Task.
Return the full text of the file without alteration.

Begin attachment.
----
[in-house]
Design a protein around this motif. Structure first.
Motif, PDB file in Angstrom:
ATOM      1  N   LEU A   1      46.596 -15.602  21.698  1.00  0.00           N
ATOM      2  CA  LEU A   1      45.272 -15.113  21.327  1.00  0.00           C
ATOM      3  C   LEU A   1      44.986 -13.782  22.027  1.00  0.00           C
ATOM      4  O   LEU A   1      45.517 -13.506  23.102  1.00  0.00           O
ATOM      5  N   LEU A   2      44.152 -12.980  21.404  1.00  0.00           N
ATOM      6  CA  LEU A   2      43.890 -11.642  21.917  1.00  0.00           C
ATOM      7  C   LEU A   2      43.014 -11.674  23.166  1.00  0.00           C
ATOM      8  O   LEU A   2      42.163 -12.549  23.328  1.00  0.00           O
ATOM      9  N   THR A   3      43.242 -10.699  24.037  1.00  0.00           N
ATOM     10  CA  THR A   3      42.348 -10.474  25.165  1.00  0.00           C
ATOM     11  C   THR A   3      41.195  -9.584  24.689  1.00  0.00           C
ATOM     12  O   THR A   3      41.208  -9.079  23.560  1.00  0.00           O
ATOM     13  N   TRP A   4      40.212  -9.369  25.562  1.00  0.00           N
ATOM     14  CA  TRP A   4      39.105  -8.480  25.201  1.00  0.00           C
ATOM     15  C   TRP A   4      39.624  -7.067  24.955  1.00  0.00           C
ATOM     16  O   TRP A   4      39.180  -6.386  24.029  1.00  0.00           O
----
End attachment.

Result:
[in-house]
Design a protein around this motif. Structure first.
Motif, PDB file in Angstrom:
ATOM      1  N   LEU A   1      46.596 -15.602  21.698  1.00  0.00           N
ATOM      2  CA  LEU A   1      45.272 -15.113  21.327  1.00  0.00           C
ATOM      3  C   LEU A   1      44.986 -13.782  22.027  1.00  0.00           C
ATOM      4  O   LEU A   1      45.517 -13.506  23.102  1.00  0.00           O
ATOM      5  N   LEU A   2      44.152 -12.980  21.404  1.00  0.00           N
ATOM      6  CA  LEU A   2      43.890 -11.642  21.917  1.00  0.00           C
ATOM      7  C   LEU A   2      43.014 -11.674  23.166  1.00  0.00           C
ATOM      8  O   LEU A   2      42.163 -12.549  23.328  1.00  0.00           O
ATOM      9  N   THR A   3      43.242 -10.699  24.037  1.00  0.00           N
ATOM     10  CA  THR A   3      42.348 -10.474  25.165  1.00  0.00           C
ATOM     11  C   THR A   3      41.195  -9.584  24.689  1.00  0.00           C
ATOM     12  O   THR A   3      41.208  -9.079  23.560  1.00  0.00           O
ATOM     13  N   TRP A   4      40.212  -9.369  25.562  1.00  0.00           N
ATOM     14  CA  TRP A   4      39.105  -8.480  25.201  1.00  0.00           C
ATOM     15  C   TRP A   4      39.624  -7.067  24.955  1.00  0.00           C
ATOM     16  O   TRP A   4      39.180  -6.386  24.029  1.00  0.00           O